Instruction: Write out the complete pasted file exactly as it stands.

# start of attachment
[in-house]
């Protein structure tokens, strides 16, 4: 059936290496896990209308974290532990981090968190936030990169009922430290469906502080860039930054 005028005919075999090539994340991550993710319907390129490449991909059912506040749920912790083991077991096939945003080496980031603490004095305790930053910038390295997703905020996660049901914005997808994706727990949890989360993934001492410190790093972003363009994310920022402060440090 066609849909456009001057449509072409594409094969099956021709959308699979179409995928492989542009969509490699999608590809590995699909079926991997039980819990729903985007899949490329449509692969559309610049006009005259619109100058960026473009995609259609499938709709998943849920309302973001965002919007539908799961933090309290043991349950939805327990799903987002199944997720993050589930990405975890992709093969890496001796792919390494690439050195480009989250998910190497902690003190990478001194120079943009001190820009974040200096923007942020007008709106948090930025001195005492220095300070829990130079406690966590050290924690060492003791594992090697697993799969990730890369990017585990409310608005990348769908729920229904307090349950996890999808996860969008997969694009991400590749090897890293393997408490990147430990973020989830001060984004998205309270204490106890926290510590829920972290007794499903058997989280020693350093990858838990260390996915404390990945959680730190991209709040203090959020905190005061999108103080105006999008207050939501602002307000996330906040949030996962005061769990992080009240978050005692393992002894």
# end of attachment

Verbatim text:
[in-house]
């Protein structure tokens, strides 16, 4: 059936290496896990209308974290532990981090968190936030990169009922430290469906502080860039930054 005028005919075999090539994340991550993710319907390129490449991909059912506040749920912790083991077991096939945003080496980031603490004095305790930053910038390295997703905020996660049901914005997808994706727990949890989360993934001492410190790093972003363009994310920022402060440090 066609849909456009001057449509072409594409094969099956021709959308699979179409995928492989542009969509490699999608590809590995699909079926991997039980819990729903985007899949490329449509692969559309610049006009005259619109100058960026473009995609259609499938709709998943849920309302973001965002919007539908799961933090309290043991349950939805327990799903987002199944997720993050589930990405975890992709093969890496001796792919390494690439050195480009989250998910190497902690003190990478001194120079943009001190820009974040200096923007942020007008709106948090930025001195005492220095300070829990130079406690966590050290924690060492003791594992090697697993799969990730890369990017585990409310608005990348769908729920229904307090349950996890999808996860969008997969694009991400590749090897890293393997408490990147430990973020989830001060984004998205309270204490106890926290510590829920972290007794499903058997989280020693350093990858838990260390996915404390990945959680730190991209709040203090959020905190005061999108103080105006999008207050939501602002307000996330906040949030996962005061769990992080009240978050005692393992002894």